DHS creates cybersecurity division

National Cyber Security Division

The Bush administration last week created a new organization to improve security across the federal government and work with industry to secure the nation's major networks.

The National Cyber Security division, part of the Infrastructure Protection Office at the Homeland Security Department, will be dedicated to following through on the priorities laid out in the National Strategy to Secure Cyberspace released by the White House in February.

The division will not only develop cybersecurity plans, but also ensure they are carried out, officials said last week.

Among other things, the national strategy includes creating a national security response system, which would expand the government's Cyber Warning and Information Network to the private sector, and creating a national security threat and vulnerability reduction program, which would involve DHS working with the private sector to assess threats to critical infrastructure.

"[The division] is intended to be the implementation arm of that strategy," Robert Liscouski, assistant secretary for infrastructure protection, who will oversee the division, said in a press briefing. "Great thought without action is just that — thought."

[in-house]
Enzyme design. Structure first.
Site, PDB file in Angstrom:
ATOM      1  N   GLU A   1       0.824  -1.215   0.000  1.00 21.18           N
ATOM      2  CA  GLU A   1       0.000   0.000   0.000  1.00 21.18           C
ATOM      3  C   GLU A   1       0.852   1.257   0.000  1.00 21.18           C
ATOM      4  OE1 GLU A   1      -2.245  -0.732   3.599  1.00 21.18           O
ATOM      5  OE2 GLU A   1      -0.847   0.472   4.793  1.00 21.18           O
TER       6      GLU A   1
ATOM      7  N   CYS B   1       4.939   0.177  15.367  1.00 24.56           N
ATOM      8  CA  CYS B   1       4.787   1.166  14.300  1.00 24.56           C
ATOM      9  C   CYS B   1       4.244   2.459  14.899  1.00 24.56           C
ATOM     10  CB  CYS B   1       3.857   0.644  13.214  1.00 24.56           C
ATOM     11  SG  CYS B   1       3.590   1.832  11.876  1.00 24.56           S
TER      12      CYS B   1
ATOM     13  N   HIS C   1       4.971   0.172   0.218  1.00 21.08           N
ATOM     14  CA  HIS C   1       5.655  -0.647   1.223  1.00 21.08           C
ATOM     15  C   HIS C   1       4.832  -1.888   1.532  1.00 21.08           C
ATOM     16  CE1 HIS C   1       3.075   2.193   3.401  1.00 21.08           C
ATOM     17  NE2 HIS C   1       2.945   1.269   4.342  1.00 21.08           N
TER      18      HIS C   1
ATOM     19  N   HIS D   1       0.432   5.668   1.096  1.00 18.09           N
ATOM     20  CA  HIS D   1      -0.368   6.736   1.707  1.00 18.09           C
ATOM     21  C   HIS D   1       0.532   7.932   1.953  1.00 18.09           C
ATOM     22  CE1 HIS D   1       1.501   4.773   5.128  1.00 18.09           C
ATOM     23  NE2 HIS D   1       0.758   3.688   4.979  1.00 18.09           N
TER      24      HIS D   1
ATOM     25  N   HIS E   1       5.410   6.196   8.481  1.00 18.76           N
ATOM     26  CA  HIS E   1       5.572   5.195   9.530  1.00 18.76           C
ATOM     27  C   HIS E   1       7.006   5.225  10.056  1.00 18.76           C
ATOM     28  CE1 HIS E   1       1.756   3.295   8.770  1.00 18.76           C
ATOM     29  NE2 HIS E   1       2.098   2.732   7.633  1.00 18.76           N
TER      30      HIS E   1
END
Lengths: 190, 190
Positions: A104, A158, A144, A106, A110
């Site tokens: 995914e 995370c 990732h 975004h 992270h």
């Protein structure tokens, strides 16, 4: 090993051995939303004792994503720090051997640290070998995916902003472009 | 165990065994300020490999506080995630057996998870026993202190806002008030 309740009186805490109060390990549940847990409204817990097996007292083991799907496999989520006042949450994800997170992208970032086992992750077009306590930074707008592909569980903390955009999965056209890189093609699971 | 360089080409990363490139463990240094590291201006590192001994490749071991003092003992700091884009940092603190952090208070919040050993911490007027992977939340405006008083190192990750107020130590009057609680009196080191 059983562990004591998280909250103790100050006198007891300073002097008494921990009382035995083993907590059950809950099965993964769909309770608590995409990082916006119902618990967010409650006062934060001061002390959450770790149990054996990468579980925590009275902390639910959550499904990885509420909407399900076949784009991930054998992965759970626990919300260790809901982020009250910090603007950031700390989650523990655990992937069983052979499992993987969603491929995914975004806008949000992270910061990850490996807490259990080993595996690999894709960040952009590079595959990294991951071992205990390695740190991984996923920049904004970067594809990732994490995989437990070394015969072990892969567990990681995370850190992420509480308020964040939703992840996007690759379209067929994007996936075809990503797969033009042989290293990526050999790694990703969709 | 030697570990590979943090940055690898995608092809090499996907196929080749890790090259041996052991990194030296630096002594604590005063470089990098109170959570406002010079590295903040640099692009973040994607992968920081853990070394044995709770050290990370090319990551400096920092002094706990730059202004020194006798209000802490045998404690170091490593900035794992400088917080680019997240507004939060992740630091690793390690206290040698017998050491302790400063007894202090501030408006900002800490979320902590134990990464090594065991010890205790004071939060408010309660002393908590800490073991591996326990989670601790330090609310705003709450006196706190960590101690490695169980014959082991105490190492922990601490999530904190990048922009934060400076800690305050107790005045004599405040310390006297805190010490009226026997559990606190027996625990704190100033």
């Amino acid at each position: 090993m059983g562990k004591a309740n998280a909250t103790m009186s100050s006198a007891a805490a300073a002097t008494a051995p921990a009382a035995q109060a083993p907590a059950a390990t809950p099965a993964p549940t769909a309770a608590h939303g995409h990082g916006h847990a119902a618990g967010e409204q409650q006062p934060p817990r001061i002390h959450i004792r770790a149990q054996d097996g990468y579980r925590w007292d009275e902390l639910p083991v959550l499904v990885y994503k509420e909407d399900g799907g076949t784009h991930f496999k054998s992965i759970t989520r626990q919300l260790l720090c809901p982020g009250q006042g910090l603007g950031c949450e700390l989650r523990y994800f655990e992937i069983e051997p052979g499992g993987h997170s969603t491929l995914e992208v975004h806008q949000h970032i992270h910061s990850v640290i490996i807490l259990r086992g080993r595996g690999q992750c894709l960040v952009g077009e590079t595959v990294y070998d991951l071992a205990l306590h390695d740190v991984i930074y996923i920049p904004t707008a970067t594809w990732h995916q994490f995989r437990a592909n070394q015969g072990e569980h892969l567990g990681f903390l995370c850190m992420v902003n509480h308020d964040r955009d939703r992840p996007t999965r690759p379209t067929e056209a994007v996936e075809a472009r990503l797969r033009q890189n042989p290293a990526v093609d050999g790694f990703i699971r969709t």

Among the division's top priorities is the creation of a consolidated Cyber Security Tracking, Analysis and Response Center. The center will bring together work brought over from the Federal Computer Incident Response Center (FedCIRC), the National Infrastructure Protection Center and other organizations now part of DHS.

The division will also support the information security improvement efforts by Mark Forman, administrator of OMB's Office of E-Government and Information Technology, as part of the strategy's effort to make the federal government a model for information security, Liscouski said.


  • Defense
    DOD photo by Senior Airman Perry Aston  11th Wing Public Affairs

    How DOD's executive exodus could affect tech modernization

    Back-to-back resignations raise concerns about how things will be run without permanent leadership in key areas from policy to tech development.

  • Budget
    cybersecurity (vs148/Shutterstock.com)

    House's DHS funding bill would create public-private cyber center

    The legislation would give $2.25 billion to DHS' cyber wing and set up an integrated cybersecurity center with other agencies, state and local governments and private industry.

Stay Connected


Sign up for our newsletter.

I agree to this site's Privacy Policy.